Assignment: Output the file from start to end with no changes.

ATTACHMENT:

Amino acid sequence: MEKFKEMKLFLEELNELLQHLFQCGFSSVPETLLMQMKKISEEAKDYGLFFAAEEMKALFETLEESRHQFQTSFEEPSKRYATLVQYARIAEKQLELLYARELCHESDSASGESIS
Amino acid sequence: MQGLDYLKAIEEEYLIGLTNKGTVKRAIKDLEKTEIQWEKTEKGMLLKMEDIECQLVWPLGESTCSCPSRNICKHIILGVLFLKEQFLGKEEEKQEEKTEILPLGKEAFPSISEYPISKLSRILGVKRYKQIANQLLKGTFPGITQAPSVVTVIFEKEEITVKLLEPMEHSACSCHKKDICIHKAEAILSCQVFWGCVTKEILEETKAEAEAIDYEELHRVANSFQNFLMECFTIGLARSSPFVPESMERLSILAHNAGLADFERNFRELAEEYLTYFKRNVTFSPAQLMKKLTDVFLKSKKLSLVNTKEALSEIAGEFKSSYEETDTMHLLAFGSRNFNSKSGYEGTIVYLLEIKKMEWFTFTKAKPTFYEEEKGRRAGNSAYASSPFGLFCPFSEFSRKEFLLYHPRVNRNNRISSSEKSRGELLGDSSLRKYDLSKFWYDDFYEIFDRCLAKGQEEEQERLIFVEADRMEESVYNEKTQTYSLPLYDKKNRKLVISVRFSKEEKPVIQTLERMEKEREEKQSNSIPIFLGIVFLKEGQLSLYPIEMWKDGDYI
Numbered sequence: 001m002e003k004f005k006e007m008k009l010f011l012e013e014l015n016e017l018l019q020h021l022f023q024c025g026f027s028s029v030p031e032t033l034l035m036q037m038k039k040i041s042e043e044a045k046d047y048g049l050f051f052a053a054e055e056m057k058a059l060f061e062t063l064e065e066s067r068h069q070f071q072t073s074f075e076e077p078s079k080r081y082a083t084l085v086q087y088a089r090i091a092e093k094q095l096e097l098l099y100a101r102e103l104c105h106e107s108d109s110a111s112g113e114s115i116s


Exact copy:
Amino acid sequence: MEKFKEMKLFLEELNELLQHLFQCGFSSVPETLLMQMKKISEEAKDYGLFFAAEEMKALFETLEESRHQFQTSFEEPSKRYATLVQYARIAEKQLELLYARELCHESDSASGESIS
Amino acid sequence: MQGLDYLKAIEEEYLIGLTNKGTVKRAIKDLEKTEIQWEKTEKGMLLKMEDIECQLVWPLGESTCSCPSRNICKHIILGVLFLKEQFLGKEEEKQEEKTEILPLGKEAFPSISEYPISKLSRILGVKRYKQIANQLLKGTFPGITQAPSVVTVIFEKEEITVKLLEPMEHSACSCHKKDICIHKAEAILSCQVFWGCVTKEILEETKAEAEAIDYEELHRVANSFQNFLMECFTIGLARSSPFVPESMERLSILAHNAGLADFERNFRELAEEYLTYFKRNVTFSPAQLMKKLTDVFLKSKKLSLVNTKEALSEIAGEFKSSYEETDTMHLLAFGSRNFNSKSGYEGTIVYLLEIKKMEWFTFTKAKPTFYEEEKGRRAGNSAYASSPFGLFCPFSEFSRKEFLLYHPRVNRNNRISSSEKSRGELLGDSSLRKYDLSKFWYDDFYEIFDRCLAKGQEEEQERLIFVEADRMEESVYNEKTQTYSLPLYDKKNRKLVISVRFSKEEKPVIQTLERMEKEREEKQSNSIPIFLGIVFLKEGQLSLYPIEMWKDGDYI
Numbered sequence: 001m002e003k004f005k006e007m008k009l010f011l012e013e014l015n016e017l018l019q020h021l022f023q024c025g026f027s028s029v030p031e032t033l034l035m036q037m038k039k040i041s042e043e044a045k046d047y048g049l050f051f052a053a054e055e056m057k058a059l060f061e062t063l064e065e066s067r068h069q070f071q072t073s074f075e076e077p078s079k080r081y082a083t084l085v086q087y088a089r090i091a092e093k094q095l096e097l098l099y100a101r102e103l104c105h106e107s108d109s110a111s112g113e114s115i116s